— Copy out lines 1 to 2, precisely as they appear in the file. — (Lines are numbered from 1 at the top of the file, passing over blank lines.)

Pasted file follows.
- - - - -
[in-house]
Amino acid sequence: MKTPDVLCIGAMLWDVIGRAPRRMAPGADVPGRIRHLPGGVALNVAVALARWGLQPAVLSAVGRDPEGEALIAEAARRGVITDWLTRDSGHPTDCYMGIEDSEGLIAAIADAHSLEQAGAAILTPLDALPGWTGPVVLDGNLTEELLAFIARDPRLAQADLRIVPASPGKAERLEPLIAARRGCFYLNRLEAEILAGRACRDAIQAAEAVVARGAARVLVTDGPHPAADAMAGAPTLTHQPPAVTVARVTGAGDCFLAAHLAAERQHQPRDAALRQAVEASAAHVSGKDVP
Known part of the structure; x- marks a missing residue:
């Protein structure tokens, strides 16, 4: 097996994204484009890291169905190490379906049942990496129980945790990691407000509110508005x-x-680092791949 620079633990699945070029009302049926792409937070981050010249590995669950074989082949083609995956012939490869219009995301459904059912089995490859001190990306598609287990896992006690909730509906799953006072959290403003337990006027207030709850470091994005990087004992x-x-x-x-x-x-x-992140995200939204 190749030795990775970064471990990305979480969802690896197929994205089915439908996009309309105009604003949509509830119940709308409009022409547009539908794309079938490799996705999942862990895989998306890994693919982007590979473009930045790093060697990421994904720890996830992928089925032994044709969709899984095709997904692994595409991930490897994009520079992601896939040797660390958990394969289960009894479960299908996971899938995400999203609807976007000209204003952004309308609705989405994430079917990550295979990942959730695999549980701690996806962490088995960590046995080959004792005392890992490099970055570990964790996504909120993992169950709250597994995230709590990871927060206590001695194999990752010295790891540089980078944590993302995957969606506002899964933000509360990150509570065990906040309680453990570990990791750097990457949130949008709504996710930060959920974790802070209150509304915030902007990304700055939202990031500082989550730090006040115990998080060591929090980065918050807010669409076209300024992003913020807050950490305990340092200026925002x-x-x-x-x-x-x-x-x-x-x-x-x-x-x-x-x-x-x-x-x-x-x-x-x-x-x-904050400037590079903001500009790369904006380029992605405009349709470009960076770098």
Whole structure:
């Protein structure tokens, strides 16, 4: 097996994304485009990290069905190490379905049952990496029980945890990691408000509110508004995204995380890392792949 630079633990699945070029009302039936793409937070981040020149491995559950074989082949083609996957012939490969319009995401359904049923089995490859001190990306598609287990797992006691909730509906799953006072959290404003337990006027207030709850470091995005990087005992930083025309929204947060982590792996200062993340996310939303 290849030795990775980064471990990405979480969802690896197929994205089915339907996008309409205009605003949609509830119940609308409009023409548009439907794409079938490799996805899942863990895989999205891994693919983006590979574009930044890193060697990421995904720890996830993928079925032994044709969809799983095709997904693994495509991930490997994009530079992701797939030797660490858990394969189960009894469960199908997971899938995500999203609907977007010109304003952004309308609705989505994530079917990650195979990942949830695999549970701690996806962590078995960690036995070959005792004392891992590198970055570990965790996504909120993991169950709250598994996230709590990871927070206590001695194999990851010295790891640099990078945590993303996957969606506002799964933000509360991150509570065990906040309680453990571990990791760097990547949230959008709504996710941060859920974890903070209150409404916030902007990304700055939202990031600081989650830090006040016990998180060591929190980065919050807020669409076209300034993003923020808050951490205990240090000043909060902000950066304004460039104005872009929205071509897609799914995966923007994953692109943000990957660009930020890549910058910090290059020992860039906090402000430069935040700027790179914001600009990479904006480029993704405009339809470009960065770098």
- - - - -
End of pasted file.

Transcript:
[in-house]
Amino acid sequence: MKTPDVLCIGAMLWDVIGRAPRRMAPGADVPGRIRHLPGGVALNVAVALARWGLQPAVLSAVGRDPEGEALIAEAARRGVITDWLTRDSGHPTDCYMGIEDSEGLIAAIADAHSLEQAGAAILTPLDALPGWTGPVVLDGNLTEELLAFIARDPRLAQADLRIVPASPGKAERLEPLIAARRGCFYLNRLEAEILAGRACRDAIQAAEAVVARGAARVLVTDGPHPAADAMAGAPTLTHQPPAVTVARVTGAGDCFLAAHLAAERQHQPRDAALRQAVEASAAHVSGKDVP